I can’t say the tutorial were based on questions from the forum – we were well into that second game before I really started with the editors.
SC: You must have had a lot of ideas and data readily available prior to coming onboard to the Campaign Series project. Do you mind giving us a brief verbal tour of your library at home and at work?
GS: LOL – man I had virtually nothing starting out in those Talonsoft days. I had access to the University of Calgary Library …my extensive book collection only really grew POST Talonsoft days. I really didn’t have a lot of money back in those earlier days. I think we made $50 a scn for the Talonsoft days and $500 later on for a Linked Campaign
I recall later, just after John left TS and he asked me to help him with a Panzer Campaigns “Kharkov ‘42”. I said John I don’t have any info on this battle at all and can’t find anything. This is where I started an extensive collection of books on all aspects of WWII battles on every front.
You have to understand that in these earlier days of the internet, you couldn’t get near as much info as is available now. So if someone owned a copy of the Nafzinger German OOB books, these were key in knowing the Axis regimental IDs with particular divisions as well as strength estimates at various times throughout the war – and these were not cheap – we are talking $100 USD each and there are three or four volumes.
John’s answer: LOL, “go buy the book Glenn”. What a concept!
SC: Was your input just limited to scenarios or did you have other parts of the project. I don’t have any of the old manuals readily available but if my memory serves me correctly you did some work on the manual(s)?
GS: Charlie Kibler wrote the manuals using an Apple based editor of some kind so digitial copies were not available, even during the game design. So we learned to play by feel, and by talking to CK, asking questions. When the first East Front game came out manual was a thin pamphlet with very little info. Talonsoft took a lot of heat for that and Charlie took a lot of time to document everything – he would send me hard copies by FedEx and I would keep finding things missing and we added more and more until these became books.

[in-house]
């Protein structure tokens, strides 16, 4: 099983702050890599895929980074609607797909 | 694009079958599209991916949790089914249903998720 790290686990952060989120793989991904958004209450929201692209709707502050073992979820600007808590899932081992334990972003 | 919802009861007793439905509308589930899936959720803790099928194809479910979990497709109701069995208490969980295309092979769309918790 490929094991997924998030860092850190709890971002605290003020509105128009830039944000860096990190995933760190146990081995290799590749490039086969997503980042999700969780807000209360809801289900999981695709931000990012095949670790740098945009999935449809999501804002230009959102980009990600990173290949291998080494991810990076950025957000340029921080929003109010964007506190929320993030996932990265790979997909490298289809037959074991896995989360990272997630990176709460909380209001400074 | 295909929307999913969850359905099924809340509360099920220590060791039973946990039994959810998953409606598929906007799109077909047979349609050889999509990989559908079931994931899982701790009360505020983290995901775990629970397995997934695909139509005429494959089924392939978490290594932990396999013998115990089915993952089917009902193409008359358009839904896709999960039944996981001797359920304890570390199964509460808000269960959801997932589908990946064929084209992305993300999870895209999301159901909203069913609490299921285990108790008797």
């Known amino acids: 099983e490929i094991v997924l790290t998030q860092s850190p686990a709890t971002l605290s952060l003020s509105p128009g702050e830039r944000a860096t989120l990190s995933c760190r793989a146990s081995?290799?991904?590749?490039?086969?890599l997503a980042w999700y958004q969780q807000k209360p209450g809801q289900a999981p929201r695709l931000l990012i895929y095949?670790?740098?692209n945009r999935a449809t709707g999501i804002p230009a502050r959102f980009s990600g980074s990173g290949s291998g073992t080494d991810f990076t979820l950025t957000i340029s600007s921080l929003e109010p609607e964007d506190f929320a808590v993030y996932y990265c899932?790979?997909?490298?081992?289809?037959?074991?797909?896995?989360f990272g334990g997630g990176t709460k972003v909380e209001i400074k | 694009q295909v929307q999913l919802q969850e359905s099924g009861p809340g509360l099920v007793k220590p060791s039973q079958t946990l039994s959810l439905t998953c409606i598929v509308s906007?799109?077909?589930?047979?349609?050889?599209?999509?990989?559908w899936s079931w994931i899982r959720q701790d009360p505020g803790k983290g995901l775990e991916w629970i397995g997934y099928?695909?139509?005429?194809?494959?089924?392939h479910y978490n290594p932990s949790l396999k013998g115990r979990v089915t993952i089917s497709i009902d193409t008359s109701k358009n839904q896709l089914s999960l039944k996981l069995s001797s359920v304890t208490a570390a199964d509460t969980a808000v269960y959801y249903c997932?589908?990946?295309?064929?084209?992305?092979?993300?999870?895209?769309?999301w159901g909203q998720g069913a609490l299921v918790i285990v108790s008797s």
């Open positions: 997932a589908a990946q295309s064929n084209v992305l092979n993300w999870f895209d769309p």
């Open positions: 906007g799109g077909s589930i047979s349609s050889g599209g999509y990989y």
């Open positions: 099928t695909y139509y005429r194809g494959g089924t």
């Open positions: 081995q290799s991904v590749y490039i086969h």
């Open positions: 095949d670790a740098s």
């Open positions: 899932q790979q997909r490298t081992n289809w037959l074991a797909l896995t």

Unfortunately the Editor did NOT allow for an index to be created so I made the index by hand, going through page by page, identifying keywords and going over and over and over until I had sourced out everything. Charlie was amazed and very appreciative of the effort
SC: Glenn I feel bad as JT Software has a lot of great game and scenario designers (Doug Bevard had a lot of great ones in CS) and I don’t have room to interview them all. Could you go over some of the unique attributes one may find in scenarios designed by your counterparts?
GS: Playtesting Doug Bevards scenarios were some of the best that come to mind for me. In his work the scenario length was often key. On turn 8 of a 12 turn scn, you would be looking at a major defeat but the balance of victory would and could turn very quickly.
We had a lot of fun on the East Front game, I think it was the first expansion package where we added the Russo-Finnish War scenarios. I knew nothing about that conflict at the start of the project and frankly didn’t have a lot of interest at the onset. But man were those games every fun to play with the ski troops zipping around the forest terrain, in Fog-of-War you just saw movement everywhere and had no real idea from the strength you were up against when played as the Russian.